In Matters of War, Congress Is Worse Than Useless
Congressional abdication on war powers has been a disaster for the United States over the last seventy years.
Stephen Wertheim makes a good case that Congress needs to take up its responsibilities in matters of war:
Mr. Biden inherited this situation, but he need not perpetuate either the ongoing wars or the legal evasions that enable them. He could tell Congress this: It has six months to issue a formal declaration of the wars it wants to continue, or else the troops (and planes and drones) are coming home.
Were he to deliver such an ultimatum, Mr. Biden would, in a stroke, usher in a new era of U.S. foreign policy.
Illegal presidential warfare is the bane of representative government. We should not allow presidents to start and wage wars without Congressional approval. It not only makes a mockery of the ideas of self-government and democratic accountability, but it also produces terrible foreign policy outcomes on a regular basis. If the U.S. is going to go to war, it should be our elected representatives in Congress that make that decision, and then they will have to answer for the decision they made. Unfortunately, the last twenty years have shown us that Congress is mostly useless in this area when it is not actually doing harm.
Congressional abdication on war powers has been a disaster for the United States over the last seventy years. In practice, Congress has either done nothing or it has served as a reliable rubber stamp whenever the president wants to initiate hostilities against another country. All that it usually takes to get Congress to pass authorizations for the use of military force is a few lies about a menacing foreign threat. Virtually everyone now sees that Congress was profoundly wrong to give Lyndon Johnson carte blanche to wage war in Southeast Asia, but at the time there were only two dissenting votes in one chamber. The 2002 Iraq AUMF is now widely seen to be a similarly colossal error, but it passed both houses by wide margins.
It’s true that presidents have become accustomed during the war on terror to start wars without so much as checking in with Congress, but if they bothered to ask do we think that Congress would turn them down? This is not a recent problem. Even when the U.S. Congress formally declared war, the votes were never close. That isn’t because the case for war was so strong in every instance. It was because Congress was always so pathetically deferential and easily caught up in nationalist hysteria. Even when the Senate tried to rein in Woodrow Wilson’s preposterous intervention in Russia after it had begun, they could not pass the measure. It has always been politically safer to side with militarism and aggression, and that is what most politicians will do.
There is no other practical institutional check on presidential warmaking except for Congress, and there is no institution less inclined to check presidential overreach in practice than Congress. When the president wants to start a war, they are happy to let him do what he wants and duck responsibility, and when he wants to end one most of them are only too eager to distance themselves from that decision, too. Congress will neglect its oversight when the wars drag on for decades, and then at the first sign of trouble during a withdrawal they will clamor for hearings so that they can pin the blame on anyone but themselves.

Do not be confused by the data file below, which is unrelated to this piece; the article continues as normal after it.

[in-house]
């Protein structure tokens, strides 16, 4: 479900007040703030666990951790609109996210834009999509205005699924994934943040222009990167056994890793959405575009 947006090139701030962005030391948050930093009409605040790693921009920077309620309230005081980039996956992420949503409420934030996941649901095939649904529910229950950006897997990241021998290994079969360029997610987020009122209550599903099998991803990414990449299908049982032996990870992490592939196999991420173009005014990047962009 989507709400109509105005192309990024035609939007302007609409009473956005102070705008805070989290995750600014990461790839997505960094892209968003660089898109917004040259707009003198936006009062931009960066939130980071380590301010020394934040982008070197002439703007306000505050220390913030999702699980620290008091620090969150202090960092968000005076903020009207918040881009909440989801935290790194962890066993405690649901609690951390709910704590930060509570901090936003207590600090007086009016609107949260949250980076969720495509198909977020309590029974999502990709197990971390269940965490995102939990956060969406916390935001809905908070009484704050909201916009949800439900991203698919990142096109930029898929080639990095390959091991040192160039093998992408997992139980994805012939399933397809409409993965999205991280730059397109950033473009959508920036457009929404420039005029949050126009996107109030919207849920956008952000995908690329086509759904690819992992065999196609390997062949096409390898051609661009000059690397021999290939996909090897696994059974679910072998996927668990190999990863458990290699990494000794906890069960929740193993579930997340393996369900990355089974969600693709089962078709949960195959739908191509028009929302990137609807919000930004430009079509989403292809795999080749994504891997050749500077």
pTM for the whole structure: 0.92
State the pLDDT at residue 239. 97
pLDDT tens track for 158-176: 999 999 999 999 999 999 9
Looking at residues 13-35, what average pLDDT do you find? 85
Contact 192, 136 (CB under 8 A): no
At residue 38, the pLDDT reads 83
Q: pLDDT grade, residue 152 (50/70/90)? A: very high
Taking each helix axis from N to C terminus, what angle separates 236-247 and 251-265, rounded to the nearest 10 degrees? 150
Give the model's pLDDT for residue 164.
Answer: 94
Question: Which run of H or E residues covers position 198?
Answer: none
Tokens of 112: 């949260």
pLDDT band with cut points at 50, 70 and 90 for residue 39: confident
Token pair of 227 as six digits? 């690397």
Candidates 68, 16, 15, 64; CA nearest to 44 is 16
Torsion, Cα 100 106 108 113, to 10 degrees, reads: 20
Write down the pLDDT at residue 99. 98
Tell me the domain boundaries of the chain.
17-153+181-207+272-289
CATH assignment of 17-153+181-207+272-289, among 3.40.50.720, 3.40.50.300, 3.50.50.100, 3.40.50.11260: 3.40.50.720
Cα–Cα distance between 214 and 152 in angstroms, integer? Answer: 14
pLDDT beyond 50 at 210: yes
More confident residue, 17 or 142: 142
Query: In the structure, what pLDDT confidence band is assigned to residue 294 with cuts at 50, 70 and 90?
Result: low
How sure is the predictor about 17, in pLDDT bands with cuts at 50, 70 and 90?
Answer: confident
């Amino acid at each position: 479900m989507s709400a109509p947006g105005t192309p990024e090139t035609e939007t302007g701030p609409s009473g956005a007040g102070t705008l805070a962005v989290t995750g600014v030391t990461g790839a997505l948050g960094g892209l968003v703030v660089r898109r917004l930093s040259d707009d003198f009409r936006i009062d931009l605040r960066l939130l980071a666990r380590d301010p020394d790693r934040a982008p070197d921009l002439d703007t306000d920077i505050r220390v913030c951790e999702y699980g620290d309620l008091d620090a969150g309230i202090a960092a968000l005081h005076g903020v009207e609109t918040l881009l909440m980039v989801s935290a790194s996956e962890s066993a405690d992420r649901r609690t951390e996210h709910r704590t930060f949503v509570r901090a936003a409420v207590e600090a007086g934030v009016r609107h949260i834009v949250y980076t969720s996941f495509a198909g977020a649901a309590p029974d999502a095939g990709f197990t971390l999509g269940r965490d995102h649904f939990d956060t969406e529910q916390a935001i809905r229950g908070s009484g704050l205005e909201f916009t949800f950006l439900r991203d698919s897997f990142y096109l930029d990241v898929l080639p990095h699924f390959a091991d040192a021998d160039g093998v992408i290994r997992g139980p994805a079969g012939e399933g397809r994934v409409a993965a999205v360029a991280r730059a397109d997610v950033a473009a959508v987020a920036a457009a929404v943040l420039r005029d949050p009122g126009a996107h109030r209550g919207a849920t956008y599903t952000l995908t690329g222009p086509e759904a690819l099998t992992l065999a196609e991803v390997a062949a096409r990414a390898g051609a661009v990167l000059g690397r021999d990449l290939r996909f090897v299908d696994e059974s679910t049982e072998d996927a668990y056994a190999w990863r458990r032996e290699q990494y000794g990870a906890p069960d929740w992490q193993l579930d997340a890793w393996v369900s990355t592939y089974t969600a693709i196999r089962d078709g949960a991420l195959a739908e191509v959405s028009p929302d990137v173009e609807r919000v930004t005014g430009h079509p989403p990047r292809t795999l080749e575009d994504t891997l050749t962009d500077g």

The cynical, opportunistic behavior of many supposed supporters of ending the war in Afghanistan over the last two weeks is further proof that most members of Congress are far too cowardly to reclaim the authority that they have ceded to the executive. When push comes to shove, most of them would rather run and hide while blaming the president for everything. The disreputable Sen. Josh Hawley is a good example of this. When Biden announced U.S. withdrawal from Afghanistan this spring, Hawley criticized Biden for being too slow in getting troops out, but otherwise cheered on the decision to end U.S. involvement. Now that there has been a horrific ISIS terrorist attack in Kabul that killed more than a dozen Americans and 60 Afghans, Hawley has rediscovered his normal reflexive hawkishness and denounced Biden for a decision that he claimed to have supported a few months earlier. As if to underscore how craven his flip-flop is, Hawley has even called for Biden’s resignation when he should have resigned in shame months ago for his own disgraceful conduct. With contemptible fools like this in the Senate, how can Congress possibly reclaim its authority?
In the end, we get the Congress and the foreign policy that we are willing to tolerate. If we as Americans don’t want a militaristic foreign policy that leads to endless war, we have to vote out the members of Congress that enable and support that kind of foreign policy and choose better representatives to replace them. Congress won’t do anything unless most of the members believe it is in their political interest to rein in the warfare state, and they won’t believe that until they start paying a political price for backing one pointless war after another. In matters of war, most members of Congress are worse than useless. Most of them are part of the problem, and that won’t change until they fear that their default hawkishness will hurt their political prospects.